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Inventive Destinations Showcase Their Individuality

If you’ve ever thought all convention and expo centers feel the same, these five facilities will change your mind. Each has found an inventive way to distinguish its spaces. One has added a bar that serves a local spirit, another will soon open a museum that salutes a beloved legend and a third has created a space to escape sensory overload. Each demonstrates that with just a little imagination big gathering places can feel a lot more personal. 


Owensboro gives bourbon a shot.

In Kentucky, the Owensboro Convention Center has assured a shot of bourbon is close at hand with its bourbon bar. A local craftsman used three oak bourbon barrels as a base for the wooden bar. Shelves of rough-hewn timber behind it are lined with bourbon bottles and drink glasses. Most of the 50 or so bourbons cost $8 a shot, with a few of rarer ones like Wild Turkey Diamond or Forged Oak Orphan Barrel costing as much as $50 a shot. In 2019, the center’s staff selected a barrel of bourbon from Bulleit Distilling, its partner in developing the bar, and that barrel has been tapped and served exclusively at the center. The bar is open to the public for Friday happy hour; meeting planners can book it for bourbon-themed receptions and happy hours.

Find calm amid cacophony in Overland Park.

Conventions are typically chaotic. There’s chatter, blaring announcements, flashing lights and scurrying attendees. Staff at the Overland Park Convention Center in Overland Park, Kansas, spoke up about how, especially during stressful times like a pandemic, people with autism, anxiety, PTSD and other sensory issues might need a break from the cacophony. Management listened. The center consulted with KultureCity, a nonprofit that helps those with sensory sensitivities, to create a quiet, calming space to decompress. The convention center says it is the first in the world to offer such a space. The room has low lighting, bean bag chairs, a white-noise bubble wall and tactile art by an autistic artist. By adding the room and training at least half of its staff to be advocates for those with sensory needs, the center has earned Sensory Inclusive Certification. Attendees can also borrow the center’s KultureCity Sensory Inclusion Bags, which have noise-canceling headphones, fidget tools, verbal cue cards and weighted lap pads.

In Terre Haute, Larry Bird can’t be beat.

Forty-four years after he left Indiana State University, former NBA star and coach Larry Bird remains the toast of Terre Haute, Indiana. His 15-foot statue leaps on his old school’s campus, intentionally taller than the 12-foot statue of his old rival Magic Johnson that’s on the campus of Michigan State. Soon, Terre Haute will salute Bird with a museum in its new convention center, located downtown near campus. The Larry Bird Museum is expected to open next year, about a year after the convention center opened this spring. Many of the artifacts and memorabilia to be displayed belong to a local collector. About $1.5 million has been set aside for the project, which city leaders say is a way to personalize the convention center. “We always thought that would help set our convention center apart from others,” Steve Witt, president of the Terre Haute Economic Development Corp., told local media.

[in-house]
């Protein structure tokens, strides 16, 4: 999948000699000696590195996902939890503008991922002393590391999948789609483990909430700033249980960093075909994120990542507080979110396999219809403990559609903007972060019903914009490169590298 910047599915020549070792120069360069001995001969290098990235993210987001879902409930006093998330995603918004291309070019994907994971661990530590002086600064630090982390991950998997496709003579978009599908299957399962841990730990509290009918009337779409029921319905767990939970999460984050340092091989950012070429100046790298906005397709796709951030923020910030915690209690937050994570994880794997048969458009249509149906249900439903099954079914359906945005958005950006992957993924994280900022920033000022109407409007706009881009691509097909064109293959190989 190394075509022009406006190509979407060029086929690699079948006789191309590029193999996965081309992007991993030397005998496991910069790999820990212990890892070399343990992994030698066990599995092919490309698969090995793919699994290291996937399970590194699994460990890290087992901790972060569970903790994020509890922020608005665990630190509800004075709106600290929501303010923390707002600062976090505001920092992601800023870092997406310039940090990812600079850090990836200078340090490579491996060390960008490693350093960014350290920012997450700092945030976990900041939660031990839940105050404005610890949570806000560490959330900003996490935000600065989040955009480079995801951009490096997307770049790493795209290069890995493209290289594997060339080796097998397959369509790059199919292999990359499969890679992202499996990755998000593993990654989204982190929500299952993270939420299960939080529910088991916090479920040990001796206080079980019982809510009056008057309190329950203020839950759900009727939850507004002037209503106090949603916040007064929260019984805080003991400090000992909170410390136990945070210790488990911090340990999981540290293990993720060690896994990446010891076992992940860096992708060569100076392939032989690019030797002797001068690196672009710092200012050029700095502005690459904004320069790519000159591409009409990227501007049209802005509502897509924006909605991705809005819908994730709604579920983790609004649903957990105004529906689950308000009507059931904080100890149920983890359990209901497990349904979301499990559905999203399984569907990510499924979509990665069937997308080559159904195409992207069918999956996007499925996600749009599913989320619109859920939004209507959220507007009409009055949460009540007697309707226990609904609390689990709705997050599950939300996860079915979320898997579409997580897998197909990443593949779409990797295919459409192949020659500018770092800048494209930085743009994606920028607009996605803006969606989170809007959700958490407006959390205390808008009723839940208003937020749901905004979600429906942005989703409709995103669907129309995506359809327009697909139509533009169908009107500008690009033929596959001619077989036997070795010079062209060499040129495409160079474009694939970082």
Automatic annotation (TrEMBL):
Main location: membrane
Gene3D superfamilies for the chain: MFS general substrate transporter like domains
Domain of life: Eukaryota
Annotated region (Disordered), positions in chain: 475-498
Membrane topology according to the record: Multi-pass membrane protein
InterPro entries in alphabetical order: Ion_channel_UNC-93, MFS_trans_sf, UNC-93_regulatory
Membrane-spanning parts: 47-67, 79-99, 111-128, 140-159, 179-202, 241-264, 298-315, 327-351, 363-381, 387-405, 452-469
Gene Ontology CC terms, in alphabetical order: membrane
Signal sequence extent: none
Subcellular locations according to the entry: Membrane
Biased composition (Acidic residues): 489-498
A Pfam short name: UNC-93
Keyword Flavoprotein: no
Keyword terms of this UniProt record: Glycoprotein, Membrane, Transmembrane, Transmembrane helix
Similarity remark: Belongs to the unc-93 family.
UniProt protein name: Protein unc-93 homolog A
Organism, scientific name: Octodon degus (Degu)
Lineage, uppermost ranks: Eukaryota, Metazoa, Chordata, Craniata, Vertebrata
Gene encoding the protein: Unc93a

Green Bay’s Lambeau gets a warm glow.

In Green Bay, a new $93 million expo center is being cheered for its clever design and winning location. Resch Expo was built within sight of the Green Bay Packers’ Lambeau Field, with views of the stadium from second-floor prefunction spaces and balconies and from a gigantic plaza between the expo center and stadium. The Resch’s roofline soars up to a point that’s aimed at Lambeau with glass walls sheltered beneath. The glass contains less iron than average, which improves transparency and makes the glass clearer. In the winter, when it is cold in Green Bay, the massive expo center’s warm glow will shine through those walls. Its plaza can be used for concerts, extended exhibit space and outdoor dinners and events. Inside, tradeshows will appreciate a 125,000-square-foot, column-free exhibit hall that can be divided into thirds.

Glass City Center reflects Toledo’s past.

Glass City Center, the new name for Toledo, Ohio’s remade convention center, reflects the city’s long history of glass making. It’s also a nod to the city’s glass artists. So it seems fitting that $1.5 million in public art is one of the finishing touches. Among the pieces, some made by local artists, are 30-foot-tall abstract sculptures of blue lupine, a native flower, and a 100-foot long, dangling installation of 800 mirrored discs representing a flowing stream. 

Toledo has spent $67 million to upgrade an existing 1980s-era, 75,000-square-foot hall and 25 meeting rooms. It also added a 16,000-square-foot carpeted ballroom with a light-filled prefunction area and balcony that overlook the Toledo Mud Hens ballpark. A pocket park is a pop of green between the center and its connected hotels, a Hilton Garden Inn and a Homewood Suites that were fashioned from an existing hotel and have a combined 300 hotel rooms.